Child labour – Children younger than 15 continue to work at cocoa farms connected to Nestle, more than a decade after the food company promised to end the use of child labour in its supply chain. Fair labour association said ” In its investigation FLA found multiple serious violations of Nestlé’s supplier code; violations which persist in many instances because there are no local laws in place to provide fair and safe working conditions. Health and safety problems are rampant, with 72 percent of reported injuries resulting from workers’ use of machetes. FLA’s investigation also found instances of discrimination due to a lack of appropriate local laws and enforcement systems, and local cultural norms. Nestlé’s labor code limits hours of work to 60 hours per week, including overtime, but workers – especially unpaid family members – often work excessive hours during the harvest. Additionally, compensation rarely provides for all of sharecroppers’ and workers’ basic needs, and there is little opportunity for workers to organize.  Child labor remains the primary cause for concern; even when children do have alternatives to working on cocoa farms and attend school, they often continue to work in unsafe conditions on farms during school breaks.”
The International Labor Rights Fund filed a lawsuit against Nestle (among others) on behalf of three Malian children. The suit alleged the children were trafficked to Côte d’Ivoire, forced into slavery, and experienced frequent beatings on a cocoa plantation.
Nestle have been investigating and have come up with a cocoa plan
“The use of child labour in our cocoa supply chain goes against everything we stand for,” says Nestle’s Executive Vice-President for Operations Jose Lopez. “No company sourcing cocoa from the Ivory Coast can guarantee that it doesn’t happen, but we can say that tackling child labour is a top priority for our company.” – again time will tell if this is the case but I am hoping they are true and do make changes, sooner rather than later.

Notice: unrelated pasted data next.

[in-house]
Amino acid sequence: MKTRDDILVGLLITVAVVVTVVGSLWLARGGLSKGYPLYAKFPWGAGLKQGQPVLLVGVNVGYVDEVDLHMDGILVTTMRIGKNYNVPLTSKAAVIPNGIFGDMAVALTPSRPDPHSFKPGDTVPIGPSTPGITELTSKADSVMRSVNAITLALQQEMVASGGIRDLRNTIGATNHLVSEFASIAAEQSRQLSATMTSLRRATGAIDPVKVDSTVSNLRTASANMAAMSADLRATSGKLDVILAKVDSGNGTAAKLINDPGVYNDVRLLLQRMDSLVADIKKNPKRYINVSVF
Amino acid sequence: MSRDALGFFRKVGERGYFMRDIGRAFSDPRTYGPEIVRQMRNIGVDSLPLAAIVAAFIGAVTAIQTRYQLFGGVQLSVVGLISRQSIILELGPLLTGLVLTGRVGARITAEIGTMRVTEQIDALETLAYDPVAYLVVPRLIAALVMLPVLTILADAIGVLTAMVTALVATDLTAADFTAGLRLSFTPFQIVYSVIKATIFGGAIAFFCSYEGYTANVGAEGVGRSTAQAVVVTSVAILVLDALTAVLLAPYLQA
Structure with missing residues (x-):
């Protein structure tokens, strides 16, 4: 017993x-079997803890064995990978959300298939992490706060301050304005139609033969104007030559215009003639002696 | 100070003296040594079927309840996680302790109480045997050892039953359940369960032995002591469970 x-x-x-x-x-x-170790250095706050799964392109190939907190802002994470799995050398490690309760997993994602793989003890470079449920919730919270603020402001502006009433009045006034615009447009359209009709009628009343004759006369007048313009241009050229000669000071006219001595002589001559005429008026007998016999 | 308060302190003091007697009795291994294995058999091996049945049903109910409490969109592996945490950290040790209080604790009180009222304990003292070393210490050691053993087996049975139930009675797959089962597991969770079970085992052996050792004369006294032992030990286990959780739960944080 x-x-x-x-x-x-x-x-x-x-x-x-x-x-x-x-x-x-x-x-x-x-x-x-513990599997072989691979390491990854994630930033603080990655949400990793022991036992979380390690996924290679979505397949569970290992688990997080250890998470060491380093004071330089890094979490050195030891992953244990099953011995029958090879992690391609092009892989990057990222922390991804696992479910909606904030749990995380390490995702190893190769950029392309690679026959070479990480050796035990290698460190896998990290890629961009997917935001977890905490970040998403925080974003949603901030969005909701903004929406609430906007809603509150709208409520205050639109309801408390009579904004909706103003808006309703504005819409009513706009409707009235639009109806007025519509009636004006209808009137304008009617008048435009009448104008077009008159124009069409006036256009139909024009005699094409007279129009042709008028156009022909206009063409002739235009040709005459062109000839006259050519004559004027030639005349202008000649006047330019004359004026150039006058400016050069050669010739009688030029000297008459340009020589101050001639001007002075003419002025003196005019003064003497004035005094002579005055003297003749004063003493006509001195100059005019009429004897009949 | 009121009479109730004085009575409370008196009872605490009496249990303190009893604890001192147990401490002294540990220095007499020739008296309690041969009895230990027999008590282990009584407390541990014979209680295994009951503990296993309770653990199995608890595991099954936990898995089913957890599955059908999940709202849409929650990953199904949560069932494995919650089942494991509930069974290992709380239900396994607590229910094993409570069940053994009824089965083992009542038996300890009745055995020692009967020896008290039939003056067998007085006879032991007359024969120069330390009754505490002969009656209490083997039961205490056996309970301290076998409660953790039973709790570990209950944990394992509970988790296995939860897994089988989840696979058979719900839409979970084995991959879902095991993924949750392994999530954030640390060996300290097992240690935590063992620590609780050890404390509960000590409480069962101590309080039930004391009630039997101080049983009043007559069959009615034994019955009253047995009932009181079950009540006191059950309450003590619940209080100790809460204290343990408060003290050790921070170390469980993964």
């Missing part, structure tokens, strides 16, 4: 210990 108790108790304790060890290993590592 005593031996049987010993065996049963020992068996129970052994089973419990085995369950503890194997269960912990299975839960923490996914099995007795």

Slavery – In November 2015 Nestle went public with the news it had found forced labour in its supply chains in Thailand and that its customers were buying products tainted with the blood and sweat of poor, unpaid and abused migrant workers. “As we’ve said consistently, forced labour and human rights abuses have no place in our supply chain,” said Magdi Batato, Nestlées executive vice-president in charge of operations, in a written statement. “Nestle believes that by working with suppliers we can make a positive difference to the sourcing of ingredients.
In 2016 Nestle was being sued over allegations that it used child slaves to harvest cocoa in the Ivory Coast in Africa. The allegations include forced child labor, beatings, salt literally being poured into wounds. Watch the documentary: The Dark Side of Chocolate, detailing how the world’s chocolate makers, bought cocoa from farmers, who engage in widespread labor abuses.

I will let you draw your own conclusions to boycott Nestle and its subsidiaries, after all these allegations and tragic stories and media exposes from around the world, Nestle are putting some things into place like building schools and education and sustainability programmes, I feel that when certain businesses get this big, morals and individuality gets thrown aside for profit and greed. The only way I know for sure, that we as a family are not contributing to any of these practises are to boycott Nestle and companies like Nestle and doing thorough research into the back stories, from multiple sources of what is happening.